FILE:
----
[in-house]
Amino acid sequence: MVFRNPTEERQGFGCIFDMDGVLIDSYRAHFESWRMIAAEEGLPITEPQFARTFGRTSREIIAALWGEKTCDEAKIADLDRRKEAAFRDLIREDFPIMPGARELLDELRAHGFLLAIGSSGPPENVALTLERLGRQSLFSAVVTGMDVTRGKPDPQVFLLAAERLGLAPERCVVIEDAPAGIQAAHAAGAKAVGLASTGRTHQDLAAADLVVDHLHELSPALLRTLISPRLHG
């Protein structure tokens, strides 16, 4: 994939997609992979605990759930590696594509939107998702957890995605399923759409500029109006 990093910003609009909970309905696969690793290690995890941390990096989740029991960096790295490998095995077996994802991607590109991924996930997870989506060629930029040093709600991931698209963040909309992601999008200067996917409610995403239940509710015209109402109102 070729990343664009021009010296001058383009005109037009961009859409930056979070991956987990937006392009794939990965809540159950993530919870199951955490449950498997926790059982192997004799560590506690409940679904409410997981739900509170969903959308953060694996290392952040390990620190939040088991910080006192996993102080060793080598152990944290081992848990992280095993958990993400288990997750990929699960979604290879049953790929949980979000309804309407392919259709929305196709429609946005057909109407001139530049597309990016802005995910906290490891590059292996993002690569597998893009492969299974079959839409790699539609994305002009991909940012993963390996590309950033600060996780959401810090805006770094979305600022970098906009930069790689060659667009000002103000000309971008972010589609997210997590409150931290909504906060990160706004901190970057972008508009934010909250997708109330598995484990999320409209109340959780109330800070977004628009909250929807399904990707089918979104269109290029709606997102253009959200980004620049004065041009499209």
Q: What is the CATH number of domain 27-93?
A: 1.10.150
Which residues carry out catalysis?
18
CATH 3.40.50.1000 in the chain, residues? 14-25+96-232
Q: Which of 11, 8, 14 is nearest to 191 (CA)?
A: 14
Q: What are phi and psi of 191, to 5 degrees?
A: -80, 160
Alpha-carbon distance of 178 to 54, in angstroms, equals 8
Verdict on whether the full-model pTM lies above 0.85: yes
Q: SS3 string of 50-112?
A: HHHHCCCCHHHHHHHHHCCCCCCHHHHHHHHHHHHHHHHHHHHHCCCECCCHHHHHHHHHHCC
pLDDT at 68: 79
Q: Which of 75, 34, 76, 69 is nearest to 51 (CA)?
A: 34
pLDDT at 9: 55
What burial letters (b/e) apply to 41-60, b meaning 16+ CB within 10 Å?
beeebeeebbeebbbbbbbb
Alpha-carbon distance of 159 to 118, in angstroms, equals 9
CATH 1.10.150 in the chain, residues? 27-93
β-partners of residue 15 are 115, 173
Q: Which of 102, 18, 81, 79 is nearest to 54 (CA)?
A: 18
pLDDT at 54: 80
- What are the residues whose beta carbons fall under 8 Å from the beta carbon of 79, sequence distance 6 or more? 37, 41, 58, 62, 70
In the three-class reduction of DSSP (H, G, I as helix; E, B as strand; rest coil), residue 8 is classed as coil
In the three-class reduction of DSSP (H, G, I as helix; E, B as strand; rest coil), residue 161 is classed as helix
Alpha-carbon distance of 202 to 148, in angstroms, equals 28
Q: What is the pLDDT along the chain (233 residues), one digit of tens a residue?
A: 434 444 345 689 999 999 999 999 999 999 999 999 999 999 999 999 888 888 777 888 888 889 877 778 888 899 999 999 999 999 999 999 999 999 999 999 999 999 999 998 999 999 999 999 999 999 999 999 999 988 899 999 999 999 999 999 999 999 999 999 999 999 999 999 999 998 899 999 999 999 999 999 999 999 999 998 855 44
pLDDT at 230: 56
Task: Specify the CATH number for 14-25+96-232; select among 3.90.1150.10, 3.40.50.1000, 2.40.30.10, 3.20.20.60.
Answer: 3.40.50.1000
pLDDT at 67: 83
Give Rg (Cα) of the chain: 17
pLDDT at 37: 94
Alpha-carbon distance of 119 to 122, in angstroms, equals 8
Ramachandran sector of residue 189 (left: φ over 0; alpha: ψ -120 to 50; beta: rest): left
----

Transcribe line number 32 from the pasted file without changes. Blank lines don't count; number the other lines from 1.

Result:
Alpha-carbon distance of 202 to 148, in angstroms, equals 28